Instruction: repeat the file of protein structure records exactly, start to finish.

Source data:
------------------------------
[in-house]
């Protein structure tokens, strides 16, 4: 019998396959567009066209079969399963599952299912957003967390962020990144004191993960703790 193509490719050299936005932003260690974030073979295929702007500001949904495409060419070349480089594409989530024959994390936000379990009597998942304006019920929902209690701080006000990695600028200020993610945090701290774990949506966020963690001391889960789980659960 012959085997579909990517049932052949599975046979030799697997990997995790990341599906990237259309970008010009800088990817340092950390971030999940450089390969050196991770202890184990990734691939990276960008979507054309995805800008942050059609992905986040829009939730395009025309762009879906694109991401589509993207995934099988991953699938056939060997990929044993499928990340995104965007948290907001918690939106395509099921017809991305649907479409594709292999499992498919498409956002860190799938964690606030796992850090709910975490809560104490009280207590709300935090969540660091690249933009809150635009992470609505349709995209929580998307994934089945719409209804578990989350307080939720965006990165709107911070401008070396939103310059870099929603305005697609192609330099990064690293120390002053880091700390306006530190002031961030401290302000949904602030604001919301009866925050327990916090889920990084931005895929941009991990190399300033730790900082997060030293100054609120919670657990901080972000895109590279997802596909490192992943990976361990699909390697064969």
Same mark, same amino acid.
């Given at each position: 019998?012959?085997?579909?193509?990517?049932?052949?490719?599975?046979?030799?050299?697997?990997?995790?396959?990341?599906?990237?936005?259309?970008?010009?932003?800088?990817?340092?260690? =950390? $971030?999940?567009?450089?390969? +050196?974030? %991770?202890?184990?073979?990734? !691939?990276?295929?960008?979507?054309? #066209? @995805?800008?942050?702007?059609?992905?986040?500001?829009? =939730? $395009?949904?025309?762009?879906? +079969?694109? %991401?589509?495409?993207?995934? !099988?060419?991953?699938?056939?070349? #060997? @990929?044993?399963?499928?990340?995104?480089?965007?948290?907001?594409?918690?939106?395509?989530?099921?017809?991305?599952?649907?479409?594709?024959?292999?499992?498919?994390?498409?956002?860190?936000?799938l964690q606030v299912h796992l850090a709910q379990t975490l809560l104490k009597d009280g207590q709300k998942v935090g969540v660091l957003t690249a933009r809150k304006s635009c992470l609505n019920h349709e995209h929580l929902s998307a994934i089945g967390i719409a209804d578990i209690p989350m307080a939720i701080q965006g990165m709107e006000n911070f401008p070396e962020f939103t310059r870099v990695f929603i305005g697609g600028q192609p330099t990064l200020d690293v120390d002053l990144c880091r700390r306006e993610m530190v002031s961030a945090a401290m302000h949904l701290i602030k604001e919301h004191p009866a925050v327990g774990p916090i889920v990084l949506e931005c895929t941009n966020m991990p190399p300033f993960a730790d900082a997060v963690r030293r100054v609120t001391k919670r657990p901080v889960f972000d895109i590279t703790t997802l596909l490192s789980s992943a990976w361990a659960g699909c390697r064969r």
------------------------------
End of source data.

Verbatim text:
[in-house]
């Protein structure tokens, strides 16, 4: 019998396959567009066209079969399963599952299912957003967390962020990144004191993960703790 193509490719050299936005932003260690974030073979295929702007500001949904495409060419070349480089594409989530024959994390936000379990009597998942304006019920929902209690701080006000990695600028200020993610945090701290774990949506966020963690001391889960789980659960 012959085997579909990517049932052949599975046979030799697997990997995790990341599906990237259309970008010009800088990817340092950390971030999940450089390969050196991770202890184990990734691939990276960008979507054309995805800008942050059609992905986040829009939730395009025309762009879906694109991401589509993207995934099988991953699938056939060997990929044993499928990340995104965007948290907001918690939106395509099921017809991305649907479409594709292999499992498919498409956002860190799938964690606030796992850090709910975490809560104490009280207590709300935090969540660091690249933009809150635009992470609505349709995209929580998307994934089945719409209804578990989350307080939720965006990165709107911070401008070396939103310059870099929603305005697609192609330099990064690293120390002053880091700390306006530190002031961030401290302000949904602030604001919301009866925050327990916090889920990084931005895929941009991990190399300033730790900082997060030293100054609120919670657990901080972000895109590279997802596909490192992943990976361990699909390697064969």
Same mark, same amino acid.
């Given at each position: 019998?012959?085997?579909?193509?990517?049932?052949?490719?599975?046979?030799?050299?697997?990997?995790?396959?990341?599906?990237?936005?259309?970008?010009?932003?800088?990817?340092?260690? =950390? $971030?999940?567009?450089?390969? +050196?974030? %991770?202890?184990?073979?990734? !691939?990276?295929?960008?979507?054309? #066209? @995805?800008?942050?702007?059609?992905?986040?500001?829009? =939730? $395009?949904?025309?762009?879906? +079969?694109? %991401?589509?495409?993207?995934? !099988?060419?991953?699938?056939?070349? #060997? @990929?044993?399963?499928?990340?995104?480089?965007?948290?907001?594409?918690?939106?395509?989530?099921?017809?991305?599952?649907?479409?594709?024959?292999?499992?498919?994390?498409?956002?860190?936000?799938l964690q606030v299912h796992l850090a709910q379990t975490l809560l104490k009597d009280g207590q709300k998942v935090g969540v660091l957003t690249a933009r809150k304006s635009c992470l609505n019920h349709e995209h929580l929902s998307a994934i089945g967390i719409a209804d578990i209690p989350m307080a939720i701080q965006g990165m709107e006000n911070f401008p070396e962020f939103t310059r870099v990695f929603i305005g697609g600028q192609p330099t990064l200020d690293v120390d002053l990144c880091r700390r306006e993610m530190v002031s961030a945090a401290m302000h949904l701290i602030k604001e919301h004191p009866a925050v327990g774990p916090i889920v990084l949506e931005c895929t941009n966020m991990p190399p300033f993960a730790d900082a997060v963690r030293r100054v609120t001391k919670r657990p901080v889960f972000d895109i590279t703790t997802l596909l490192s789980s992943a990976w361990a659960g699909c390697r064969r």